Lives of Saints - Our Holy Mother, the Martyr Anastasia the Roman Christianity - Books
Don't be anxious for your life, what you will eat, nor yet for your body, what you will wear.                Life is more than food, and the body is more than clothing.                Consider the ravens: they don't sow, they don't reap, they have no warehouse or barn, and God feeds them. How much more valuable are you than birds!                Which of you by being anxious can add a cubit to his height?                If then you aren't able to do even the least things, why are you anxious about the rest?                Consider the lilies, how they grow. They don't toil, neither do they spin; yet I tell you, even Solomon in all his glory was not arrayed like one of these.                But if this is how God clothes the grass in the field, which today exists, and tomorrow is cast into the oven, how much more will he clothe you, O you of little faith?                Don't seek what you will eat or what you will drink; neither be anxious.                For the nations of the world seek after all of these things, but your Father knows that you need these things.                But seek God's Kingdom, and all these things will be added to you.               
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Our Holy Mother, the Martyr Anastasia the Roman
   

She was born in Rome of well-born parents and left an orphan at the age of three. As an orphan, she was taken into a women’s monastery near Rome, where the abbess was one Sophia, a nun of a high level of perfection. After seventeen years, Anastasia was known in the whole neighborhood to the Christians as a great ascetic, and to the pagans as a rare beauty. The pagan administrator of the city, Probus, heard of her and sent soldiers to bring her to him. The good Abbess Sophia counseled Anastasia for two hours on how to keep the Faith, how to resist flattering delusion and how to endure torture. Anastasia said to her, "My heart is ready to suffer for Christ; my soul is ready to die for my beloved Jesus." Brought before the governor, Anastasia openly proclaimed her faith in Christ the Lord and when the governor tried to dissuade her from the Faith, first with promises and then with threats, the holy maiden said to him, "I am ready to die for my Lord, not once but - oh, if it were only possible! - a thousand times." When they stripped her naked, to humiliate her, she cried to the judge, "Whip me and cut at me and beat me; my naked body will be hidden by wounds, and my shame will be covered by my blood!" She was whipped and beaten and cut about. She twice felt a great thirst and asked for water, and a Christian, Cyril, gave her a drink, for which he was blessed by the martyr and beheaded by the pagans. Then her breasts and tongue were cut off, and an angel of God appeared to her and upheld her. She was finally beheaded with the sword outside the city. Blessed Sophia found her body and buried it, and Anastasia was crowned with the wreath of martyrdom under the Emperor Decius (249-251).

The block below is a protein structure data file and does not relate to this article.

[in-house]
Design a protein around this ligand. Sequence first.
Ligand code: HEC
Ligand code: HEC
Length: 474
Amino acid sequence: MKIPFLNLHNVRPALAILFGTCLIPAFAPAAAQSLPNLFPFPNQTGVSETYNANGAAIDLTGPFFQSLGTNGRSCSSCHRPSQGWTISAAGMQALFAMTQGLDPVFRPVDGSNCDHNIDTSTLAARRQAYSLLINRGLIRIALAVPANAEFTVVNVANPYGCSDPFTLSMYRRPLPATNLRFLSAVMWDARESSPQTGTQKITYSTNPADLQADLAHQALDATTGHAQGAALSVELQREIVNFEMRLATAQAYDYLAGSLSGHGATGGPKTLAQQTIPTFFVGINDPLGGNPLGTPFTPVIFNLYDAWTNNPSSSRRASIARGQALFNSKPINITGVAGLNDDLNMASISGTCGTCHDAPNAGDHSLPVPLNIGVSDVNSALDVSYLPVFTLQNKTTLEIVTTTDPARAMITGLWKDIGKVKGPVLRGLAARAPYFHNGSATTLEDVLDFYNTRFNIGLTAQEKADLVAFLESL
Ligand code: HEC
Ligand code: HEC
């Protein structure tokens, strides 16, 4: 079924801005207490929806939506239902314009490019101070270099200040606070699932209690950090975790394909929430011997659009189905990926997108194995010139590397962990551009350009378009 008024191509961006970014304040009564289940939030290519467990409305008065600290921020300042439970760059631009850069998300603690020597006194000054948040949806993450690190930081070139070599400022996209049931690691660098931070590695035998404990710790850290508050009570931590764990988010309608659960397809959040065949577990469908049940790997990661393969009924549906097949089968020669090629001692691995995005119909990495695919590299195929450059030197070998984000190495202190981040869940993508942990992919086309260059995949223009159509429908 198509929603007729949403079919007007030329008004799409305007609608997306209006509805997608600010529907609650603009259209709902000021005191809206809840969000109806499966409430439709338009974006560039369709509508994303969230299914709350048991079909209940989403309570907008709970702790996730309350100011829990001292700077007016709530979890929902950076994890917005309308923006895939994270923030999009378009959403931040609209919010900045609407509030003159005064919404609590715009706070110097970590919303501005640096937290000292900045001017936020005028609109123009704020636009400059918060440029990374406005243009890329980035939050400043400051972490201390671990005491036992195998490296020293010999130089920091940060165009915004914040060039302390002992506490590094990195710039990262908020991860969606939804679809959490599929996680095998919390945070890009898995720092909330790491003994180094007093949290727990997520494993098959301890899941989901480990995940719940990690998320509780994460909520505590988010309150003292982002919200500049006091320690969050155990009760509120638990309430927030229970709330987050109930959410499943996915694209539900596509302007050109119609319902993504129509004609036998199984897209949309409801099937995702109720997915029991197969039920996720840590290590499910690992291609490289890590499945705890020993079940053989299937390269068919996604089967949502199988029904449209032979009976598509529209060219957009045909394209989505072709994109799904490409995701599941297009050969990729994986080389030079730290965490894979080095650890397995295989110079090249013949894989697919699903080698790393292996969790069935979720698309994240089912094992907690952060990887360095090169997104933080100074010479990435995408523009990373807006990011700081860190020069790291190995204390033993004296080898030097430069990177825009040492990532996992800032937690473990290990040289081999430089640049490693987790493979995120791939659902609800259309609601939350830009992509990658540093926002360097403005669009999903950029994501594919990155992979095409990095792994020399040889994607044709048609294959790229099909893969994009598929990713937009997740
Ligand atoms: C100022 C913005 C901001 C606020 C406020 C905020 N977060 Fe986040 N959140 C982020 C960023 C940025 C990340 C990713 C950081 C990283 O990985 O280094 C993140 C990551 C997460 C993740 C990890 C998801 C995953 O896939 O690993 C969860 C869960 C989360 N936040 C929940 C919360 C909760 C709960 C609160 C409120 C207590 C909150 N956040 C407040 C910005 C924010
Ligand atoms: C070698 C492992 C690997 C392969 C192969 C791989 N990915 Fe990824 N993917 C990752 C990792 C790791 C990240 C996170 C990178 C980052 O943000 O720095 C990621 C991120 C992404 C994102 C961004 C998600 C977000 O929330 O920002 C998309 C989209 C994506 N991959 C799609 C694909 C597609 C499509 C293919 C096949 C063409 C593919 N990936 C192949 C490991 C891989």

Troparion, Tone 4:
O holy Virgin Anastasia,/ thou didst redden thy robe of purity/ with the blood of thy martyr’s contest./ Thou dost illumine the world with the grace of healing/ and intercede with Christ our God for our souls.

Kontakion, Tone 3:
Purified by the streams of thy virginity/ and crowned by the blood of martyrdom,/ thou dost grant healing to those in sickness,/ and salvation to those who lovingly pray to thee./ For Christ has given thee strength which flows to us as a stream of grace,/ O Virgin Martyr Anastasia.

Source: http://www.fatheralexander.org

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